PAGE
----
Observant readers may have noticed the prickly-leaved weed sidling up to ‘Rozella’ in my last post. That dastardly villain is Canada thistle, aka Cirsium arvense, and it is one nasty customer. According to the University of California Cooperative Extension,
Once established, Canada thistle spreads rapidly by horizontal roots, up to several meters per year. The extensive horizontal root system assures long-term persistence and spread by vegetative means. A segment of root as small as 1/8 to 3/8 inch (3-6 mm) in length and 1/16 inch (1 mm) in diameter is able to propagate a new plant. . . . Once established, Canada thistle is a fierce competitor for nutrients and water needed by crops or native plants. It produces allelopathic chemicals that assist in displacing competing plant species
Okay. It’s obvious this mess didn’t happen overnight. This peony bed was created in 2002, and my weeding practices have been, at best, inconsistent over the years. I’m really not sure what year the Canada thistle showed up, but since I wasn’t aware of how extensive its roots could get, I didn’t give this weed the immediate attention it apparently so richly deserved. I’m sure many times I looked at those spines and thought to myself, I’ll pull that the next time I have gloves handy. And even if I had gone to get gloves, the odds that I would have been distracted from my task by some other domestic duty or child-induced problem would have been pretty high. I’m not saying I never pulled the Canada thistles, I’m just saying I never pulled them frequently enough.
This year, I am trying to reform. I am making weeding my top priority in the garden. The peony bed was the very first thing I weeded in early spring, and I removed every single thistle plant as far down into the soil as I could manage. That might have been a mistake. According to the Colorado State Cooperative Extension,
Canada thistle allocates most of its reproductive energy into vegetative propagation. New shoots and roots can form almost anywhere along the root system of established plants. Tillage segments roots and stimulates new plants to develop. Shoots emerge from root and shoot pieces about 15 days after disturbance by tillage. Small root pieces, 0.25 inch long by 0.125 inch in diameter, have enough stored energy to develop new plants. Also, these small roots can survive at least 100 days without nutrient replenishment from photosynthesis.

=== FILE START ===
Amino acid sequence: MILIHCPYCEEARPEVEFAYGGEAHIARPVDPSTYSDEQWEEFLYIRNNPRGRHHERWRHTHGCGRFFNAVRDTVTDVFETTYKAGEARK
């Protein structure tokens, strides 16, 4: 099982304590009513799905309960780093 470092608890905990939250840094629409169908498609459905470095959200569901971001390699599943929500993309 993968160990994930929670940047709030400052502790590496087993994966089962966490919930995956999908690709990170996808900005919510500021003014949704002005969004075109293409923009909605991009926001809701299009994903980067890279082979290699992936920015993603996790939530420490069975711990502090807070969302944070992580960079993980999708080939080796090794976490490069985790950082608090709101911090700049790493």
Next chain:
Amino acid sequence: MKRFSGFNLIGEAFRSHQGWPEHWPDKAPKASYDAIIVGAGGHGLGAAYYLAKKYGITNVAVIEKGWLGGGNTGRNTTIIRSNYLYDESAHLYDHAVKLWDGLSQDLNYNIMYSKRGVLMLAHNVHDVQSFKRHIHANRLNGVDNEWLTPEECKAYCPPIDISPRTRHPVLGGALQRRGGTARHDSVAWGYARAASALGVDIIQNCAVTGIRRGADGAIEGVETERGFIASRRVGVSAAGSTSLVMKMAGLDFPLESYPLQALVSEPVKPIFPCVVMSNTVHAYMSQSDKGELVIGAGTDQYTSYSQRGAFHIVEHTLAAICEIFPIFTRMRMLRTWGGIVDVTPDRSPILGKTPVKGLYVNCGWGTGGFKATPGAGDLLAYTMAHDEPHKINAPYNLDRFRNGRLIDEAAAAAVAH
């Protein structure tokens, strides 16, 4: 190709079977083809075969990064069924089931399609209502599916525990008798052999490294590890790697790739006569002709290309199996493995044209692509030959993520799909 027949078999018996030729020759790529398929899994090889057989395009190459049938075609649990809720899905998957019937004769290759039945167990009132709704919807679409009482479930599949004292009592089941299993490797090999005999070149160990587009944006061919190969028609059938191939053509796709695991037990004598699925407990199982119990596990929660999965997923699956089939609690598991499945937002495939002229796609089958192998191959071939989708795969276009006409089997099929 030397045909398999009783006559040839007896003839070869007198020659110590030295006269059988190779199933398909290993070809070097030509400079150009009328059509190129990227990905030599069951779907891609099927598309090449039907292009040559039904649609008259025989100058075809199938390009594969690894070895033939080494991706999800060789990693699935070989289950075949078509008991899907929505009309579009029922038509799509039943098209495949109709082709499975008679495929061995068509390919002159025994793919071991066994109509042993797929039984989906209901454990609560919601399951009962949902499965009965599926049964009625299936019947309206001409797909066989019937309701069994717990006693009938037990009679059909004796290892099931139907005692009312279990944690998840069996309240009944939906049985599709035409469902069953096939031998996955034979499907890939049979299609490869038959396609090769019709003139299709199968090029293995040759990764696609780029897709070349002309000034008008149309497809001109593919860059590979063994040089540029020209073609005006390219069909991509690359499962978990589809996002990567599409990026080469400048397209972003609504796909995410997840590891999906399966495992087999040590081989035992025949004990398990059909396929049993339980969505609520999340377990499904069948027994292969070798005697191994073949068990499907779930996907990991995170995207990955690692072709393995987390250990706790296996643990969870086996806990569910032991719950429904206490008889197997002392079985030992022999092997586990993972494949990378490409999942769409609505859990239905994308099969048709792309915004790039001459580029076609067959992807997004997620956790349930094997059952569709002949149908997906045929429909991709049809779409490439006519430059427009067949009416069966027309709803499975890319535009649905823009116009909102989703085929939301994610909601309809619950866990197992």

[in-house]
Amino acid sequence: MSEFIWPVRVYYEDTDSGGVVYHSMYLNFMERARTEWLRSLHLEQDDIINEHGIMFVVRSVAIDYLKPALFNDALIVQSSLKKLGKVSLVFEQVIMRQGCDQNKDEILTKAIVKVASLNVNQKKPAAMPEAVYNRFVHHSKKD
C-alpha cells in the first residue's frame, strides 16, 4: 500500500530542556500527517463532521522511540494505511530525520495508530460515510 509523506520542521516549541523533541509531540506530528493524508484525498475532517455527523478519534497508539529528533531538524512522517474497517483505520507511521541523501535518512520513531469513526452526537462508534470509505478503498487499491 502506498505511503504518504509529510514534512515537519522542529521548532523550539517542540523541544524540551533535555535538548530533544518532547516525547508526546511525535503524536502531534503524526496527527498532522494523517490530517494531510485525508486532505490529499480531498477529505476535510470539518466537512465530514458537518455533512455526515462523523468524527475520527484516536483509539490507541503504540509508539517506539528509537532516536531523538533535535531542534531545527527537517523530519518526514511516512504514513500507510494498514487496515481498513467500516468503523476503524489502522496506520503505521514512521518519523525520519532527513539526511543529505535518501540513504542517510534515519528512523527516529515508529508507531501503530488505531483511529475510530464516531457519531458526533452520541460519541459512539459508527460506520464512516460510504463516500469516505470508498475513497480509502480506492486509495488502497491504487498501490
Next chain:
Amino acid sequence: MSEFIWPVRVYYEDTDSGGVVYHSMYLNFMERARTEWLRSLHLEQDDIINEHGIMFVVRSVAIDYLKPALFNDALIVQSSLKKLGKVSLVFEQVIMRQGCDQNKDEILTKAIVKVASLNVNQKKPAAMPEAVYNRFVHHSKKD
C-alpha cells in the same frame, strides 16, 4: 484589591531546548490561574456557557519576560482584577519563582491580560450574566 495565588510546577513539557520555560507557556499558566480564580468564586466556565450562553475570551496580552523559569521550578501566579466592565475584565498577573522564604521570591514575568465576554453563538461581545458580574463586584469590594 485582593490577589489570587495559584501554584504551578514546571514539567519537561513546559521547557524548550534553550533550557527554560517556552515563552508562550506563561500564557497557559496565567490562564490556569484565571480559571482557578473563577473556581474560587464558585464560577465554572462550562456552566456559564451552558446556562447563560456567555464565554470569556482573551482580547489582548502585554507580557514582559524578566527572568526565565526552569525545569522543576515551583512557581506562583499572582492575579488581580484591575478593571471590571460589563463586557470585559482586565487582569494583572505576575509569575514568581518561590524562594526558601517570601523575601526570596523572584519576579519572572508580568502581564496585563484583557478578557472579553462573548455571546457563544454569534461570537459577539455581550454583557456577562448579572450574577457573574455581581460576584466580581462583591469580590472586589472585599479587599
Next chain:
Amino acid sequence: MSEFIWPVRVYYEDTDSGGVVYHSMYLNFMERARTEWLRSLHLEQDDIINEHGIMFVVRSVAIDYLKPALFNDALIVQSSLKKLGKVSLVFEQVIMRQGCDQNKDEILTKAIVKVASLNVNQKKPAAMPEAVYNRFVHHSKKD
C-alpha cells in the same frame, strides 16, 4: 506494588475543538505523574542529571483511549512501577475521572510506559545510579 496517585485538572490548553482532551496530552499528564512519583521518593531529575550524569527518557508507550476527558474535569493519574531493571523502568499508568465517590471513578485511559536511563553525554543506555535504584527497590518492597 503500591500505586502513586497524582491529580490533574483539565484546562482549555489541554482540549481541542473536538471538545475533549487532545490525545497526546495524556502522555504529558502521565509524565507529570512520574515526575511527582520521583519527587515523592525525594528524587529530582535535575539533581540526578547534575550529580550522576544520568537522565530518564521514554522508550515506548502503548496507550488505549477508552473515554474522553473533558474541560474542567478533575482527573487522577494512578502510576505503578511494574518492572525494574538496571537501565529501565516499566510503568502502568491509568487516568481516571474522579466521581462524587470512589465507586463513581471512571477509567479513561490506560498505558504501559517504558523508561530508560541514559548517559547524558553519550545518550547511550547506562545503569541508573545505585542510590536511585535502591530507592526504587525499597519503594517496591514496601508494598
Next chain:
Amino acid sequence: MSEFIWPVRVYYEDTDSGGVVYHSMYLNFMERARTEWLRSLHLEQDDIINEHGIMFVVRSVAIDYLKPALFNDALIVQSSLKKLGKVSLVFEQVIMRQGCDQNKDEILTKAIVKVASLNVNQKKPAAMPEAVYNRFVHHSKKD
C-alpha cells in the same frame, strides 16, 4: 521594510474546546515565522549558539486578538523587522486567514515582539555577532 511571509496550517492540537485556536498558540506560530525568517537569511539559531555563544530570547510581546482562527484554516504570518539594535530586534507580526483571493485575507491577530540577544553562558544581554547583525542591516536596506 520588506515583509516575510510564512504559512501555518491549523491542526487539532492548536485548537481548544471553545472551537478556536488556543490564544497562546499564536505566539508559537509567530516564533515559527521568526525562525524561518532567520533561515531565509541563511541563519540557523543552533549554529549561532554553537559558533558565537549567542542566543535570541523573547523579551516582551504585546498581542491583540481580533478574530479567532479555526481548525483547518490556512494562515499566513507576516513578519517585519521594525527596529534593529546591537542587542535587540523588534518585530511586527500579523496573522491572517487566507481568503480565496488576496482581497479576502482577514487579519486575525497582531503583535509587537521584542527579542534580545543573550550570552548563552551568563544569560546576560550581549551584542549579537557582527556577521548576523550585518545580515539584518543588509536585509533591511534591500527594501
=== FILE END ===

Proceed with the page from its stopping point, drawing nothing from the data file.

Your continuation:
As Purdue University explains further,
Removal of shoots and severe damage to established plants stimulate new growth from underground buds. It is the buds on the creeping roots of established Canada thistle plants which largely account for re-establishment after attempts at control. Buds on creeping roots can generate new shoots a year or more after top-growth has been destroyed.
So I think by pulling and digging, I actually encouraged the thistles to make more shoots and more roots. It’s one devil of a weed, I’m telling you. Those roots have to be deprived of nutrition over and over again to eradicate it.
In established plants of Canada thistle, carbohydrates move from the root system up to the newly forming shoots as growth starts in spring. As leaves on the shoots develop, photosynthates start moving to newly developing roots and flowerheads. The developing flowerheads take more and more of the energy (photosynthates) produced by the leafy stems and stored in the roots. Carbohydrates in the root system are at their lowest when the plant begins flowering.
Ideally, you’d remove each stem when it was in flower, so that the roots had the least amount of reserves. The largest shoots in this infestation were budding up, and so I decided to remove all the shoots today. I wore leather gloves, but I didn’t pull the shoots out. I cut them off at soil level, and threw them straight into the wheelbarrow:
After the research I’ve recently done on Canada thistle, I know this is just the first round in a long fight. The peony bed looks a lot better at the moment, but I have no illusions about the future.